As previously reported by CNET News.com, EDS and four other companies were vying for the contract, dubbed the Navy-Marine Corps Intranet, or NMCI. The project will tie together some 360,000 Navy and Marine personnel by giving them access to a common intranet and multiple databases.
Analysts have said the Navy contract won by Plano, Texas-based EDS marks the largest government outsourcing deal ever awarded.
The contract won by EDS came in significantly under the expected $10 billion cost. The initial contract is for about $4.1 billion and comes with a guaranteed minimum three-year option period worth approximately $2.8 billion, bringing the total contract value to $6.9 billion, the Department of Defense said.
EDS' partners on this effort include Raytheon and WorldCom. The Navy is asking that 35 percent of the contract fee go to small-business team members.
The contract includes providing the computers, phones, fax machines and anything else related to providing faster voice, video and data communications.
Other companies that vied for the contract were Computer Sciences, IBM Global Services and defense contractor General Dynamics. Contenders for the NMCI project have been working for more than a year to win the bid.
Navy Secretary Richard Danzig said maintaining the existing Navy and Marine Corps computer networks is now costing $1.6 billion a year, according to The Associated Press. Some of the savings will be used to buy more sophisticated encryption systems to improve the security of the computer system, Danzig said, and the means of monitoring activity on the computers will be improved.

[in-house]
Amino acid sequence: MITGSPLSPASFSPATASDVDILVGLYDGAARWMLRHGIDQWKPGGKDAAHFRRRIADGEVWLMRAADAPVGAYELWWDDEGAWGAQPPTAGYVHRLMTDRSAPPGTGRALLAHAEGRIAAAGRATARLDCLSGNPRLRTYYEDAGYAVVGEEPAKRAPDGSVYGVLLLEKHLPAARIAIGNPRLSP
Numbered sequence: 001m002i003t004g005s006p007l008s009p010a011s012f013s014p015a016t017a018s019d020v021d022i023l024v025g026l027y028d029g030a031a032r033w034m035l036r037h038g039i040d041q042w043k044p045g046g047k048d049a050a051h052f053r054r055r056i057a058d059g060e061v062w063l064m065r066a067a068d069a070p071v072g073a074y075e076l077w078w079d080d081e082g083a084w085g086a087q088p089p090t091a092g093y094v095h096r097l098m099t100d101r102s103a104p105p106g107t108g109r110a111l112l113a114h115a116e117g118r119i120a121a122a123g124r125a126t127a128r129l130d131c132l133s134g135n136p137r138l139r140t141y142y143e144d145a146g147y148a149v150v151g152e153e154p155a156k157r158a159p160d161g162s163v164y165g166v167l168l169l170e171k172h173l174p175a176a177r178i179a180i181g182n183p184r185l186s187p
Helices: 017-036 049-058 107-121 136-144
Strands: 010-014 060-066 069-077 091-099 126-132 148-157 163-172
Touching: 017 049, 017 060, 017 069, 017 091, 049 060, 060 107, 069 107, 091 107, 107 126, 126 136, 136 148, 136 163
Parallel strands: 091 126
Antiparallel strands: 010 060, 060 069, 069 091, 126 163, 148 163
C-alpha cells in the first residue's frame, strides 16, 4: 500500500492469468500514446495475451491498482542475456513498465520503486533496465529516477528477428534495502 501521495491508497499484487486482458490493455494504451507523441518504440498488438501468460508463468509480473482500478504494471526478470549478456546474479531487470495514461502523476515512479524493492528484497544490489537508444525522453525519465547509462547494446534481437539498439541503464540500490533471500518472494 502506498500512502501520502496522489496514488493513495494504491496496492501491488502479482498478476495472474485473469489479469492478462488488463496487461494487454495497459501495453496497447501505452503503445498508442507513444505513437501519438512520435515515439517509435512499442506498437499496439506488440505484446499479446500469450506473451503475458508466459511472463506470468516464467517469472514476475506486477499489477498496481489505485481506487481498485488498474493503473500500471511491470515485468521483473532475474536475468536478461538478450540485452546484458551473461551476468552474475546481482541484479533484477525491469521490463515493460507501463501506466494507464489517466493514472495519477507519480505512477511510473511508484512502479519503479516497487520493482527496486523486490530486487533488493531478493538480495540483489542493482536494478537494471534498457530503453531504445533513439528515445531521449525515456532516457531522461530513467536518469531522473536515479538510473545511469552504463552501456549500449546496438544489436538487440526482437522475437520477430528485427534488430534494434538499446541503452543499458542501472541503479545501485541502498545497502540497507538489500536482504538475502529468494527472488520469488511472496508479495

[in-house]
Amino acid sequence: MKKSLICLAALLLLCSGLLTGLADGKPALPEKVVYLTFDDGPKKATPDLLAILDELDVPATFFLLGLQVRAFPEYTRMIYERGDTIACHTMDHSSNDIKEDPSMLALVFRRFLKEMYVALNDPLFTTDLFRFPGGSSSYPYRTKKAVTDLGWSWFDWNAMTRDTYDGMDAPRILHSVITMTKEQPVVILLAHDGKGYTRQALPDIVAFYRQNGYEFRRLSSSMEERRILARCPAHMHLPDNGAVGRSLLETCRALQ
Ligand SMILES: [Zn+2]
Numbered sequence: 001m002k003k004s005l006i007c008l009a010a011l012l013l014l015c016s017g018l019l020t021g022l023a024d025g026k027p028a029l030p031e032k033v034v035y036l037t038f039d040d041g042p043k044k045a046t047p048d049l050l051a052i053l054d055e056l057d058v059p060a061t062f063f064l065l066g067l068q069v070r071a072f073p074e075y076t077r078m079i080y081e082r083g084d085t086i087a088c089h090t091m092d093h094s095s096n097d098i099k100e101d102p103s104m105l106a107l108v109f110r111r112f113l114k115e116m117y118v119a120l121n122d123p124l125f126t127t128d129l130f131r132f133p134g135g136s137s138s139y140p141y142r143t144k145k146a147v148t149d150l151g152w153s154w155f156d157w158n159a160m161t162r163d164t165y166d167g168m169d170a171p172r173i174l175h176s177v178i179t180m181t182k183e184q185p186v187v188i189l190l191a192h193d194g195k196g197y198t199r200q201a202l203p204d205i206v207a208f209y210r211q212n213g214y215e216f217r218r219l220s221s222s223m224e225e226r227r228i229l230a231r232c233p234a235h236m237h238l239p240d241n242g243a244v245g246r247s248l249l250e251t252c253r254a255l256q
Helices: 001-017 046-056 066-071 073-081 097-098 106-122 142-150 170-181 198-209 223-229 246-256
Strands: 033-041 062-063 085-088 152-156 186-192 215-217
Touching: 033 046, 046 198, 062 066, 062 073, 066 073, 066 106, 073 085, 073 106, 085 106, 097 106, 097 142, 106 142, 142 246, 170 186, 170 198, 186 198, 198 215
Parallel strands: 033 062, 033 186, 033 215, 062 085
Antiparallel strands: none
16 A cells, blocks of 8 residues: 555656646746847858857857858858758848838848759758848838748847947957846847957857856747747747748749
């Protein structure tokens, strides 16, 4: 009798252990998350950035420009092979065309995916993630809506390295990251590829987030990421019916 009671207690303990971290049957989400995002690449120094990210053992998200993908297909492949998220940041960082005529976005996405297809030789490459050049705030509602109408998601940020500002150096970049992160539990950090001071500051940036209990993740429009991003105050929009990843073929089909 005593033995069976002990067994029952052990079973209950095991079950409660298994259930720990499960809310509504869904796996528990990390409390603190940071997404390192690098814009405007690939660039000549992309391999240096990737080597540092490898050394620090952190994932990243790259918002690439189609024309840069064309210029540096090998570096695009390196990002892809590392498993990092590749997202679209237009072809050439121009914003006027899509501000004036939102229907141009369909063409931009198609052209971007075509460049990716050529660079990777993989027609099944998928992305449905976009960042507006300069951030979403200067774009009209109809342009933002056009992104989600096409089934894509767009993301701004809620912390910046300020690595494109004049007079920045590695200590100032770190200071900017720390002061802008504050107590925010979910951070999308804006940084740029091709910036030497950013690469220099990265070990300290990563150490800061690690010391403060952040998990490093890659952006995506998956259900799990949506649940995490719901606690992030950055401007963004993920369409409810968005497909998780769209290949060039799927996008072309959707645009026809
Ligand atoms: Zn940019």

Hundreds of Navy civilian workers who are information system specialists will have to take new jobs, Danzig said.
Other subcontractors include Cisco Systems, Wamnet, Dell Computer and Microsoft.
"It gets the government out of the business of owning and operating information technology systems, and instead transfers that function to a fee-for-service contract with private industry," Deputy Secretary of Defense Rudy de Leon stated to the Associated Press.
EDS lost a major contract last year, when Connecticut nixed negotiations with the company for an estimated $1.5 billion outsourcing contract to privatize the state's computer systems. The closely watched deal was riddled with challenges for both sides, such as tackling complaints from an angry union, a long bureaucratic review, and intense public scrutiny. The job is now being completed through smaller contracts with EDS and other companies.
EDS was founded in 1962 by Ross Perot, who sold his interest in EDS to General Motors for more than $700 million.
News.com's Noel Wilson contributed to this report.